Most of the “charity” urged upon us today is destructive. Yet most of those who exhort us to ever greater “compassion” toward “the needy” have no stain on their souls. The defect is in their understanding.
A brilliant essay written by a dear friend puts it beautifully:
Help can cripple or kill you.
There aren't many people who get that. It's so easy to allow someone else to carry your burden for you. It's so easy to allow yourself to become dependent on other people's kindness and generosity. If you're cursed with an accepting nature, you can become a charity addict as easily as breathing. It forecloses your future; everything you might have achieved slips away, forgotten in the relief of not having to work for your own security or prosperity.
It's very important -- critical -- not to help when help is not needed, or not appreciated, or not wanted, or wanted much too much. I know, my Church says otherwise, but I have to disagree. Charity to good people in sudden, unexpected need that's not their fault, who are uncomfortable at being the objects of charity, is usually all right. Charity to people who've never shown any initiative or prudence is always wrong. Good-hearted people have done more harm through generosity than all the murderers that have ever lived. Maybe even including the government murderers.
In 2014, the federal government’s Department of Health and Human Services, supposedly chartered to alleviate poor health and material want among the less fortunate, spent $450 billion on health care for its clients and an additional $175 billion on assorted “public assistance” disbursements. In addition, private charitable organizations – firms whose nominal reason for being is to provide help to the “needy” –take in billions of dollars each year. In most cases, most of the money goes to salaries and “operating expenses,” but even what remains usually does more harm than good. Thomas Mackay put it best more than a century ago:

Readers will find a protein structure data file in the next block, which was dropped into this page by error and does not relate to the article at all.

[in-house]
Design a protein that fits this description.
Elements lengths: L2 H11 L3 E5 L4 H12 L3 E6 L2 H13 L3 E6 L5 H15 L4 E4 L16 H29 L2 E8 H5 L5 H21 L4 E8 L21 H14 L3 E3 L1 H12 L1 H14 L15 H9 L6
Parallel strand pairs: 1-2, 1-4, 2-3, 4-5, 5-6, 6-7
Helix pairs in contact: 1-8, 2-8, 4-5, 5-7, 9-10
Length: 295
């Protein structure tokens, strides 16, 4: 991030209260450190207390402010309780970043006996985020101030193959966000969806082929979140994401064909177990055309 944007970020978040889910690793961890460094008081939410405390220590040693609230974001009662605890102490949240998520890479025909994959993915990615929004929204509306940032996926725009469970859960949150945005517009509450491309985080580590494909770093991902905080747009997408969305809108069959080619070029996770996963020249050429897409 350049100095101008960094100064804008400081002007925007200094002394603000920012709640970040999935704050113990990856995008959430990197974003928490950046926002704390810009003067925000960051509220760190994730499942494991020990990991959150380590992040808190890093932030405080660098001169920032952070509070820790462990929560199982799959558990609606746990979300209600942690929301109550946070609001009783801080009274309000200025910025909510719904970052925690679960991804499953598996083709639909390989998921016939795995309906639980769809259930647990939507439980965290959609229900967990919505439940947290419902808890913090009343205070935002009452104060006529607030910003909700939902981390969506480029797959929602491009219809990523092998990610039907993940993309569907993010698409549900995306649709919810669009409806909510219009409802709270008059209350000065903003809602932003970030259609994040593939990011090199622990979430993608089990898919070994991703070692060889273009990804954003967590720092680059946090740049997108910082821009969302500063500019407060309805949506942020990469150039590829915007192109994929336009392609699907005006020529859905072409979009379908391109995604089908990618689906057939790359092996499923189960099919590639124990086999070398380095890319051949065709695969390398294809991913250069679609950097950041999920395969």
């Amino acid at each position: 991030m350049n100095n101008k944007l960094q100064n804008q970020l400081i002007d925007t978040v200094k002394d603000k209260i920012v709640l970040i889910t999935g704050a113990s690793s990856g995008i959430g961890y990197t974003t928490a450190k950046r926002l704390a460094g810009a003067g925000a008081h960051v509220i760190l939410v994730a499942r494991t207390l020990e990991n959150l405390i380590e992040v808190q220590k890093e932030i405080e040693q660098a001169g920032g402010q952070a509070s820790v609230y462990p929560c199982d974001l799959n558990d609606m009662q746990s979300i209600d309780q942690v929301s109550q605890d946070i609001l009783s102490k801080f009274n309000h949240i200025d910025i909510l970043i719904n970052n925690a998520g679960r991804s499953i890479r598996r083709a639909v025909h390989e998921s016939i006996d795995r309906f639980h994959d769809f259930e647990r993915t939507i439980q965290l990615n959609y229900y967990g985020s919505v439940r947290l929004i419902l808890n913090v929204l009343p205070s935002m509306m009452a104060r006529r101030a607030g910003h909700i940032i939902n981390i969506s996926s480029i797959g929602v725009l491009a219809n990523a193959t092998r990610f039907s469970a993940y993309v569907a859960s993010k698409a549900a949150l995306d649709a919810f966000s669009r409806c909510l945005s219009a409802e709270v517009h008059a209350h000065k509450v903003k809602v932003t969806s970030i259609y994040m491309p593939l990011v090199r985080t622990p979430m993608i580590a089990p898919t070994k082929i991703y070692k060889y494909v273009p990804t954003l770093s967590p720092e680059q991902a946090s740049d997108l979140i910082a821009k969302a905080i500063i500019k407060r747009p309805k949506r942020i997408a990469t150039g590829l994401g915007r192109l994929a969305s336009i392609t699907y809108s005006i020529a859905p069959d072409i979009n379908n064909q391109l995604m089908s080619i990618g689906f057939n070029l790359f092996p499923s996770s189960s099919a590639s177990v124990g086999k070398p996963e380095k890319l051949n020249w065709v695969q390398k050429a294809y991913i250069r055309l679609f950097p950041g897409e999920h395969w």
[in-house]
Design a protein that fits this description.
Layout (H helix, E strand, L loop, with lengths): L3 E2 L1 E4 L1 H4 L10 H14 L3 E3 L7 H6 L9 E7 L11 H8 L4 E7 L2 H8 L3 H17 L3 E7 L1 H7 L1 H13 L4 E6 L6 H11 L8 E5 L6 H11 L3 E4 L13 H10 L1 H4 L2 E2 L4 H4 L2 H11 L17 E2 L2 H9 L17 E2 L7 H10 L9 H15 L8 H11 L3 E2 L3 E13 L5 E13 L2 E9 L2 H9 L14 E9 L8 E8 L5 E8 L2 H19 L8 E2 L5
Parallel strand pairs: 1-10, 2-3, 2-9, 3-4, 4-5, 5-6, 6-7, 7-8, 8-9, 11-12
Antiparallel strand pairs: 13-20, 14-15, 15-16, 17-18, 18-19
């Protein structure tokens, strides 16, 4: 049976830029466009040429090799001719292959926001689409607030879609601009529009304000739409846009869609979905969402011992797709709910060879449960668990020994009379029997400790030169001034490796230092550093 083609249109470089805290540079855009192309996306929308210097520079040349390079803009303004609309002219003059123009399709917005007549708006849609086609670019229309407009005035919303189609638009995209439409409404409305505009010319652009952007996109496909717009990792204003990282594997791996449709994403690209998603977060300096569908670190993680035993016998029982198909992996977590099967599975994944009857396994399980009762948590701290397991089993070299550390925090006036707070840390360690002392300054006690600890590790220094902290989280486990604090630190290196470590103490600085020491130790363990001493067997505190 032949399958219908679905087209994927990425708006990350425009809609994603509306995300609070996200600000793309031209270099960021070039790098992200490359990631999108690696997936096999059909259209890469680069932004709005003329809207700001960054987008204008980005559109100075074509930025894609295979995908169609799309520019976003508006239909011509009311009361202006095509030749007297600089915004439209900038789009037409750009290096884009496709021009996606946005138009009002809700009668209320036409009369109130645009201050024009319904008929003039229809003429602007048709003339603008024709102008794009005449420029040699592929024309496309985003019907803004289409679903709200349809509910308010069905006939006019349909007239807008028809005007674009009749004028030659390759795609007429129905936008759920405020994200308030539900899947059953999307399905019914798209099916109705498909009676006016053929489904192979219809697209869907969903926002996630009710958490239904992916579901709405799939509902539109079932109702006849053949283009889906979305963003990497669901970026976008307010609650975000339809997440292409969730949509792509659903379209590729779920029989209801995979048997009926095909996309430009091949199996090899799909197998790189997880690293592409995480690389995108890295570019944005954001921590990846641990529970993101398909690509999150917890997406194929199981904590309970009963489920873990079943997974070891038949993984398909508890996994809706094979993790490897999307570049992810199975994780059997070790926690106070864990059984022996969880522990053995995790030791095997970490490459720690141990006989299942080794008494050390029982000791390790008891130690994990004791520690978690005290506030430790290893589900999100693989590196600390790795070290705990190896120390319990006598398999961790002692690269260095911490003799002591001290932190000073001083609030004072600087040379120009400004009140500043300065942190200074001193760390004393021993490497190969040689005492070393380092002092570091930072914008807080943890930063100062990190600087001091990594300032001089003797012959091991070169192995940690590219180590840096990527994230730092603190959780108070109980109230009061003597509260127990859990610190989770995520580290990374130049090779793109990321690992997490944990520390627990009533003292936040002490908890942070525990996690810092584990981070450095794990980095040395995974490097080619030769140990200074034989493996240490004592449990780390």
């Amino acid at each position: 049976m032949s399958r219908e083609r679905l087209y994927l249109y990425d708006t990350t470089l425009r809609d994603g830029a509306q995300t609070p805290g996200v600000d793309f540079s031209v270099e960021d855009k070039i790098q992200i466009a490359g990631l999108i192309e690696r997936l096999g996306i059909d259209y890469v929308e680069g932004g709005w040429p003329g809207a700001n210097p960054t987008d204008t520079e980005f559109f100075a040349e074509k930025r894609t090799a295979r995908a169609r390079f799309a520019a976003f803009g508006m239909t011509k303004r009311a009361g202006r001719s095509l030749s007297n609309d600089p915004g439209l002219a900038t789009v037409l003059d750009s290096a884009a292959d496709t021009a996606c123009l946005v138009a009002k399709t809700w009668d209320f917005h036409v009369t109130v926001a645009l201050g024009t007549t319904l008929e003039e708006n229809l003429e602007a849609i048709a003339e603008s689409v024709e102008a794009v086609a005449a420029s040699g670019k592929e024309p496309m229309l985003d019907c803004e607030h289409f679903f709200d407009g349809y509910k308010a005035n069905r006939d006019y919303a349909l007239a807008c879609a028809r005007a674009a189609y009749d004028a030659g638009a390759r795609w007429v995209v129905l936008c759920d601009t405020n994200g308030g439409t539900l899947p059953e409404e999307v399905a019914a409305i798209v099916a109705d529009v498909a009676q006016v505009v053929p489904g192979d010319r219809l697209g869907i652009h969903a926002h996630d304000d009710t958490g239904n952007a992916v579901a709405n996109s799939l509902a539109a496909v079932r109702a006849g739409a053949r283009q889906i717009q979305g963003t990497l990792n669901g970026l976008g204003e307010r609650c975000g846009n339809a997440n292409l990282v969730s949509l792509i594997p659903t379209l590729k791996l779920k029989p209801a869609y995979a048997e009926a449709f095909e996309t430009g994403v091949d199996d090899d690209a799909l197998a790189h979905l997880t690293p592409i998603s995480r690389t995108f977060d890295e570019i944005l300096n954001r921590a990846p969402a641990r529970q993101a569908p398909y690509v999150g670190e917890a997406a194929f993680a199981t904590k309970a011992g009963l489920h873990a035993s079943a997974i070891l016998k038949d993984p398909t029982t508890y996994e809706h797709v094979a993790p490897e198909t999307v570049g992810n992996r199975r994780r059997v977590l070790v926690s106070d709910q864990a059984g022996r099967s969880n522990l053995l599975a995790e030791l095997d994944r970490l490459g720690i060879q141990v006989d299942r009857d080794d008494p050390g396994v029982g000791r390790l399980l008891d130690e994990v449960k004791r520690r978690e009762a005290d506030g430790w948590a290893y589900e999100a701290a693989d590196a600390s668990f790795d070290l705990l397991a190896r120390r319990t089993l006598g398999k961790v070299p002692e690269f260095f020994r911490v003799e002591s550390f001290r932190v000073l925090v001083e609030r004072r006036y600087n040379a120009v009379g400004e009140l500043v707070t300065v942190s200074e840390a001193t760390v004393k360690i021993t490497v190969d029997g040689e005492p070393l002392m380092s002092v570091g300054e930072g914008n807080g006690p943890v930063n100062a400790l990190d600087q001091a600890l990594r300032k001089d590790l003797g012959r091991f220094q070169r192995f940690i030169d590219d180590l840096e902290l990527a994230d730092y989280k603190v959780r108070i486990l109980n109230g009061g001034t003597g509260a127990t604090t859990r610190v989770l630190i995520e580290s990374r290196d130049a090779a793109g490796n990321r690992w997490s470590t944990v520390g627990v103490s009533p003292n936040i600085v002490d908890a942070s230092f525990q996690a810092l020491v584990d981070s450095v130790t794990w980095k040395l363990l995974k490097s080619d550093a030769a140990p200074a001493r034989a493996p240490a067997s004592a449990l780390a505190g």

...the cause of pauperism is relief. We shall not get rid of pauperism by extending the sphere of State relief...On the contrary, its adoption would increase our pauperism, for as is often said, we can have exactly as many paupers as the country chooses to pay for. [Thomas Mackay, “Methods of Social Reform”]
In consequence of all this “compassion,” more persons depend on “charity” for part or all of their sustenance than ever before in American history. The “compassionate” among us claim that the trend proves that more money is urgently required. I have no doubt that most of them are sincerely well-intentioned – those not employed by a government agency, at least – but the harm they’ve done and continue to do is staggering.
Good people doing an enormously bad thing – destroying the initiative and self-reliance of others – out of unthinking “compassion.”
Primum non nocere, runs the physicians’ maxim: First, do no harm. Good, sincerely well-intentioned people are not exempt from this constraint. He who does harm is responsible for that consequence even if he thought he was doing good. Yet our social devolution has gone so far that we keep silent rather than point that out to those whose good intentions come a-cropper. Indeed, it’s considered the height of rudeness to hurt such persons’ feelings.
The New Year approaches, and with it the usual exhortations to make resolutions to improve this or that about oneself. For many of us, a resolution to mind one’s own business and trust others to mind theirs is the best one could make – a priceless if belated Christmas gift to those around them.